Now both of these men are gone, leaving us only with their legacies; the people they helped inspire… The people who’s lives they touched. As the world struggles with yesterday’s loss of Mr. Bowie and I continue to wrestle with the absence of my father while working hard to learn what it means to be a father… There are lessons I am grateful to have learned at the intersection of the lives of these two men. 

  1. Identities are complex but always justified
  2. The creativity we have as children is our most precious human resource… And should be treated and protected as such
  3. Creativity necessitates courage 

These are lessons that I feel Mr. Bowie (Ziggy) embodied unto his last breath.  These are lessons I feel my father believed in becaus of people like Bowie.  As I sit with millions today listening to his final album, which I first heard constructing a tree house last week in the backyard for my children, I’m reminded of these lessons. They are lessons I take forward with me into fatherhood, into the classroom, and out into the world. Thank you Mr. Bowie for your courageous creativity. You will not be forgotten. 

Welcome to the World my Son

January 4th 2016 is a day I’ll always remember. It is the day my son was born. Well, technically almost midnight…but the entire day was indeed memorable. Especially the moments leading up to his arrival. More on that later. 

I write this post on our last day at the hospital, preparing to take this proverbial little bundle of joy home later today. Bodhi is currently lying on my arm inspiring, as much responsible for the content of this post as me. My attempts to disconnect from the outside world have gone largely unrealized, though not unnoticed as one of my friends and colleagues pointed out in a text checking in that I’d seemed to have been, “conspicuously absent from Facebook.” And while I feel slightly guilty about not being completely detached from technology, I do not feel bad utilizing the power of the written word to reflect on the deep emotional well of feelings I have at this moment.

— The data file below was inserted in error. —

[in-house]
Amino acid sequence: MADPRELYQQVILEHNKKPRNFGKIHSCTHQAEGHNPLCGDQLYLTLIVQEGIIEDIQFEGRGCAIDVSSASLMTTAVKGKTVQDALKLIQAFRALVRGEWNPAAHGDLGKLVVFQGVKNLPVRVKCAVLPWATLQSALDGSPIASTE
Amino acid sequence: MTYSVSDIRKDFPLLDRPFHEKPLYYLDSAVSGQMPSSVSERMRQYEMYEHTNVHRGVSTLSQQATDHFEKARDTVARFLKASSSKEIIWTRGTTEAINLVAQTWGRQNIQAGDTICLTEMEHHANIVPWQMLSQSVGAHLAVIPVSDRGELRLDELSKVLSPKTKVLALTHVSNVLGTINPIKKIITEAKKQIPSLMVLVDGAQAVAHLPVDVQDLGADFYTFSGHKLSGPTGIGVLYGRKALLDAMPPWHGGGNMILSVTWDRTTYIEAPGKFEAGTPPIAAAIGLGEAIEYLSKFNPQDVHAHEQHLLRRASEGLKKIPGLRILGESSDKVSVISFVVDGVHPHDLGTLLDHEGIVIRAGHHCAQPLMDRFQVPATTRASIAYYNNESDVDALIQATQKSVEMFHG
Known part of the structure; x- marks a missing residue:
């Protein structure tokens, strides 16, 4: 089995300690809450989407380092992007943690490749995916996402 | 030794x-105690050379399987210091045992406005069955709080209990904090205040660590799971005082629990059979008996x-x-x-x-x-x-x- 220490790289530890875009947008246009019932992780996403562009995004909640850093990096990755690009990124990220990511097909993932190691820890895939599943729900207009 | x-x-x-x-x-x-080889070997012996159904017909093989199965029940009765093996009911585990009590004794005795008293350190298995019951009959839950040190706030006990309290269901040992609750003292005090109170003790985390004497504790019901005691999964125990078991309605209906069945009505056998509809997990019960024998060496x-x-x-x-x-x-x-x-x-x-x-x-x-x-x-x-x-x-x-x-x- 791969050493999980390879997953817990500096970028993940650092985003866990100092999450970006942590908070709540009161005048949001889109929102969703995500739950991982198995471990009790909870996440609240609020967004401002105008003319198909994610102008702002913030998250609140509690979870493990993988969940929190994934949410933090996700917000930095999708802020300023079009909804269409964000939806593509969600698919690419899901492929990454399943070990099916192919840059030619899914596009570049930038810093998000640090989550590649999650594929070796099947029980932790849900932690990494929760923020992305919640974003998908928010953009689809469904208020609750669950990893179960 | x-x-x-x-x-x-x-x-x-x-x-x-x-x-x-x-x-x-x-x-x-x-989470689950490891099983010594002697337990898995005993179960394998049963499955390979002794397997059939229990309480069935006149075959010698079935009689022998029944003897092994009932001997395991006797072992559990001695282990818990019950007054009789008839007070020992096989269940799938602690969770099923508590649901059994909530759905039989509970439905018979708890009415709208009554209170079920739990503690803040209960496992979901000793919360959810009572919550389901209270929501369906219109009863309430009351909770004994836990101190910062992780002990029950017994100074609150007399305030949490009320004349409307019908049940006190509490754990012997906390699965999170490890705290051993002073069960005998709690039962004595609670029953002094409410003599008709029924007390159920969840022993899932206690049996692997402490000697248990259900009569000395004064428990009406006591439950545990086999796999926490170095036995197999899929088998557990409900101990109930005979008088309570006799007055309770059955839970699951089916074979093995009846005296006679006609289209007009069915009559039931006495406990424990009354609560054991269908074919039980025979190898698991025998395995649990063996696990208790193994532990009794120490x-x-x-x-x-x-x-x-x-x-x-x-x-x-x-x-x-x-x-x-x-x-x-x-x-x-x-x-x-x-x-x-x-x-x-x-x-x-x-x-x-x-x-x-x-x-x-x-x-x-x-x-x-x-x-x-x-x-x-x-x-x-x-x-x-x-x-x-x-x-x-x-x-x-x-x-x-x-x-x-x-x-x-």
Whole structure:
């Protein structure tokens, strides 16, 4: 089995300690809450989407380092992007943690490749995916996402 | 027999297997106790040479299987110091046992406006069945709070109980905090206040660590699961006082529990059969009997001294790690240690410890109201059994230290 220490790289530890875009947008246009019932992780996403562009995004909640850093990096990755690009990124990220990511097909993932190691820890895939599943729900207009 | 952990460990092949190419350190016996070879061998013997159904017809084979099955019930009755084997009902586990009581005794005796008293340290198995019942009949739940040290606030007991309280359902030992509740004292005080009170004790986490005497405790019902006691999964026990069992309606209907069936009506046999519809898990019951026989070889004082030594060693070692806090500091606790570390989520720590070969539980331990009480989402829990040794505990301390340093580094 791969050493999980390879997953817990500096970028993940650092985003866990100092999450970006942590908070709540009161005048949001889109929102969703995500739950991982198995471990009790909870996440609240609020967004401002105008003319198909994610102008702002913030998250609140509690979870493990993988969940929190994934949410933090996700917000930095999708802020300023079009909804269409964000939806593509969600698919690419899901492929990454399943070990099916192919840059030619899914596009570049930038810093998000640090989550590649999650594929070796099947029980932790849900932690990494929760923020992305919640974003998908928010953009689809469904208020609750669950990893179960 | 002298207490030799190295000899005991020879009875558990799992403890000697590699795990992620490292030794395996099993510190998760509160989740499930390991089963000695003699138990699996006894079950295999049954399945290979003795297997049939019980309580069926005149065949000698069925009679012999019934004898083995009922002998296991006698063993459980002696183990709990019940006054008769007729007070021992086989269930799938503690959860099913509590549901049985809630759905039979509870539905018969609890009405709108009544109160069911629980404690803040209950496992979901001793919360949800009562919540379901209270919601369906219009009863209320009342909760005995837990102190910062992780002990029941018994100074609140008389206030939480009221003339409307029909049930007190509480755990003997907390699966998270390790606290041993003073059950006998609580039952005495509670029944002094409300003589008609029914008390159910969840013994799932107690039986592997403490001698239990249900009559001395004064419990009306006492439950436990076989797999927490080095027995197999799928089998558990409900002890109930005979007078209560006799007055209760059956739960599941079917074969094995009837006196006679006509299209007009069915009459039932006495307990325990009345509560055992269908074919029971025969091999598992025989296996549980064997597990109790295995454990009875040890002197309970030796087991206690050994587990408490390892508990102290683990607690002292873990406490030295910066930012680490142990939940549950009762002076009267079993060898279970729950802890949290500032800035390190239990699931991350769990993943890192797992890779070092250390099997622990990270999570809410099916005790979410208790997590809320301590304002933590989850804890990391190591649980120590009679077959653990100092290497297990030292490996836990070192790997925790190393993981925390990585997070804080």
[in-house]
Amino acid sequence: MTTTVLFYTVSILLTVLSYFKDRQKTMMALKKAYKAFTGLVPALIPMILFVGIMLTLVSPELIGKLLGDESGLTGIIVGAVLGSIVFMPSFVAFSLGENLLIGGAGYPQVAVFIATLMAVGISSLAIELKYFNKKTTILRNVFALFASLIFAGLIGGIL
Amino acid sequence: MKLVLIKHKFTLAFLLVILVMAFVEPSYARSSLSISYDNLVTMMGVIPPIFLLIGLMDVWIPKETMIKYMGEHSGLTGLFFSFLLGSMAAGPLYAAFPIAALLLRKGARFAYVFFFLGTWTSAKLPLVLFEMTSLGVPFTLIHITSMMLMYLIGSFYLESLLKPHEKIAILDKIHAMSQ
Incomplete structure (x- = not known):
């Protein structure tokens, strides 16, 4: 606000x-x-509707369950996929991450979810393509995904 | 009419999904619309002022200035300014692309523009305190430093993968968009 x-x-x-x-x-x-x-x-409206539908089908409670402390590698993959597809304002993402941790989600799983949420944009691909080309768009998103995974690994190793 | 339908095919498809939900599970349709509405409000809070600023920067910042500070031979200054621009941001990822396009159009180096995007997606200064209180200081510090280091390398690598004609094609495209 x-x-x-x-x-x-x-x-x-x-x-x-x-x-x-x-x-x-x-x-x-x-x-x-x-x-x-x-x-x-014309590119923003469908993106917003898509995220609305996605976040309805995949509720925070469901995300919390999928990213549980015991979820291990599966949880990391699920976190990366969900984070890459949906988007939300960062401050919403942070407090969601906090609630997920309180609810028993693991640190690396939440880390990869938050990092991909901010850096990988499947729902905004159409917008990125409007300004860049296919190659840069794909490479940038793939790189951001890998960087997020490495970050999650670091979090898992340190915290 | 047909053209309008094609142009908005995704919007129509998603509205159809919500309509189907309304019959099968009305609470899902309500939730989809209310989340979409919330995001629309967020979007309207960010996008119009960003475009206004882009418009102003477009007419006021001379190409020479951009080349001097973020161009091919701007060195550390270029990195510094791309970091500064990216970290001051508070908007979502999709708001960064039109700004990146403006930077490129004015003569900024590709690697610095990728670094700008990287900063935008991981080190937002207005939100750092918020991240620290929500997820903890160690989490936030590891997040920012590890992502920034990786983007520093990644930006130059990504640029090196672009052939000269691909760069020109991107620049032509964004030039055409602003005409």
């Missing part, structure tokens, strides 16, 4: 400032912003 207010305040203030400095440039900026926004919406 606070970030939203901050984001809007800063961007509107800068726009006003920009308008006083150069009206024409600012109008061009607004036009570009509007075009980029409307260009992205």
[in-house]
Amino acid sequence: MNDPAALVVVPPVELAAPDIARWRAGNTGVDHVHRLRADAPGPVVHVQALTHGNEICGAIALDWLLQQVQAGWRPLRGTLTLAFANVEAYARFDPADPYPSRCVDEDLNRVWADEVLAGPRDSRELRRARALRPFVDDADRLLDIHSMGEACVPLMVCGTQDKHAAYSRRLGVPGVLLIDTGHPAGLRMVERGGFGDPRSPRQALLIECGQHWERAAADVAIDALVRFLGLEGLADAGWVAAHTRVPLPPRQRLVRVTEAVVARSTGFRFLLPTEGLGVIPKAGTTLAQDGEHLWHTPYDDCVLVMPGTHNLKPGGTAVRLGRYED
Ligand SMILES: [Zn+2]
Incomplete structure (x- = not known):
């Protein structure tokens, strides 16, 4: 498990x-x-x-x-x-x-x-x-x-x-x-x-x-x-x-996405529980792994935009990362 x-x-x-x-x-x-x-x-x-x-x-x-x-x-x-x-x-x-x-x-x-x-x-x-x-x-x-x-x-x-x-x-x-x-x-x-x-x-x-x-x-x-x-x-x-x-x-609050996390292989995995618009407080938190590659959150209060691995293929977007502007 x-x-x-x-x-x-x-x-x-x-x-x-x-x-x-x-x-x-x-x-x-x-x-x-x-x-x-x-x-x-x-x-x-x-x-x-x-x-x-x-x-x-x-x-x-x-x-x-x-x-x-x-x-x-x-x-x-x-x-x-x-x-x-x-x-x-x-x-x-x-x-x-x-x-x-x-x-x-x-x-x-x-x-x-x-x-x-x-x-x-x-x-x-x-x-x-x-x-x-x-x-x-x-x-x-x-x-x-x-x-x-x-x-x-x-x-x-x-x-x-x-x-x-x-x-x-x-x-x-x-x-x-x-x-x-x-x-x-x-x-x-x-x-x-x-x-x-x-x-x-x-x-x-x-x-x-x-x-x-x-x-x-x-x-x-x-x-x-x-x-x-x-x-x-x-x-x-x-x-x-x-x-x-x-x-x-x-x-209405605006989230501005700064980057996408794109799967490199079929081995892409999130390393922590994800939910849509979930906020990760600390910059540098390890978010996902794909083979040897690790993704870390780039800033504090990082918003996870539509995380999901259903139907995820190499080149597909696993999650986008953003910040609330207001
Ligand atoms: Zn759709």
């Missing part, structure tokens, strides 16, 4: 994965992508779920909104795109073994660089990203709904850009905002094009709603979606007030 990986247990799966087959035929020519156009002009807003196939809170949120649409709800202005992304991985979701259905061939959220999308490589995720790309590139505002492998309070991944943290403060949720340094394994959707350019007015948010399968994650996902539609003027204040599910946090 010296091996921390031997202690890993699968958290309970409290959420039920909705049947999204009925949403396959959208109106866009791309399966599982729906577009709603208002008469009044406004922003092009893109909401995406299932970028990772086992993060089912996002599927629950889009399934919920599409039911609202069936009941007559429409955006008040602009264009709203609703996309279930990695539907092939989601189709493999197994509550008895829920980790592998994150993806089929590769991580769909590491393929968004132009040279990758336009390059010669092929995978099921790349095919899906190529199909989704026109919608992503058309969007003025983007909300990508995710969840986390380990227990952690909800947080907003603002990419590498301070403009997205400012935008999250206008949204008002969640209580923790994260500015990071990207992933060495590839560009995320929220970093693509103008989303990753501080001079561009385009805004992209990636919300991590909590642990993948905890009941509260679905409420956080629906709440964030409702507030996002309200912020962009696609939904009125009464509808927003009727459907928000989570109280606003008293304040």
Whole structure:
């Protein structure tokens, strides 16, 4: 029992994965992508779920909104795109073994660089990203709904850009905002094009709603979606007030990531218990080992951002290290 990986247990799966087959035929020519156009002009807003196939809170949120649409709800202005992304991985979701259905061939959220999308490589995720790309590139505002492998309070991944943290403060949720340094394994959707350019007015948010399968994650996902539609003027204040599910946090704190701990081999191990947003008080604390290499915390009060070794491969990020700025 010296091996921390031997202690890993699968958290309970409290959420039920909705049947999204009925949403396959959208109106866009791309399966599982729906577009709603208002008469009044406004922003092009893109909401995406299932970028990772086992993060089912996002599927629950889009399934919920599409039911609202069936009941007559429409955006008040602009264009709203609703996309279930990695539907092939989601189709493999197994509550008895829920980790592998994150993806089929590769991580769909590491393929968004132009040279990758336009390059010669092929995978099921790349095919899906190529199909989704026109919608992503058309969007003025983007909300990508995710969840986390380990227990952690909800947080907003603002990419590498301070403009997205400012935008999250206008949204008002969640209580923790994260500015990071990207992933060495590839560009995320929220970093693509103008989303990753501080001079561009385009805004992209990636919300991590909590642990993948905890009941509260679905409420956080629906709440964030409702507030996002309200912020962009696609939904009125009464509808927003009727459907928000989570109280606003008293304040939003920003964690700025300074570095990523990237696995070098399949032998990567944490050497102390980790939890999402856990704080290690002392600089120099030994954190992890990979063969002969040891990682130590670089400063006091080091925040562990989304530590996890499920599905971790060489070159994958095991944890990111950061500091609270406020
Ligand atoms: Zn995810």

The third time around is definitely different, harking me to think about the other parenting rodeos I’ve participated in. And while it can seem at times that everyday as a parent can turn into a full on rodeo, everyday has also been a gift that my wife and I recognize and are eternally grateful for. 

Yet, like all things in life, there is fear inherent in joy. This time around though, the fears are slightly different. Is it really that surprising though when you finally turn on the radio and news of North Korea’s latest testing of a nuclear weapon is the first outside story that you hear? Or the “storm of the century” that is quickly approaching, but let’s face it… Every storm in Los Angeles is momentarily worthy of such fame.  Where does your mind go when the power in the hospital fails and the generators come on? I would be dishonest if I didn’t admit to brief visions of a zombie apocalypse, but even closer to home my mind wanders to past hospital stays with my first child.  Those days were hit by storms as well. 

As the rest of my city braces for the worst, floods, mudslides, and possible death… I must embrace the best… a new Life. Despite or perhaps in spite of the worst parents must embrace the best for the children. No matter the crisis or chaos, and there are many to be certain, it is towards a more positive outcome we must strive.  I had to remind myself and my wife of this as we raced towards the hospital at 90-100 mph the night we delivered. I meditated on this in yoga class just moments earlier, breathing in intention…exhaling hope. 

I will not pretend that this world is not full of tragedy and despair. But I will not dwell on these things neither. I can’t. I will continue to as truthfully as I can acknowledge them, like the thoughts that arise during your moments of silence, and continue to move towards clarity in action, always mindful of what my role as an educator, husband, and father will be. This is the world we have created for ourselves. And it is all we can do to stay focused and breathe. Am I scared? Just a little. But I am happy. Welcome home Bodhi. Welcome.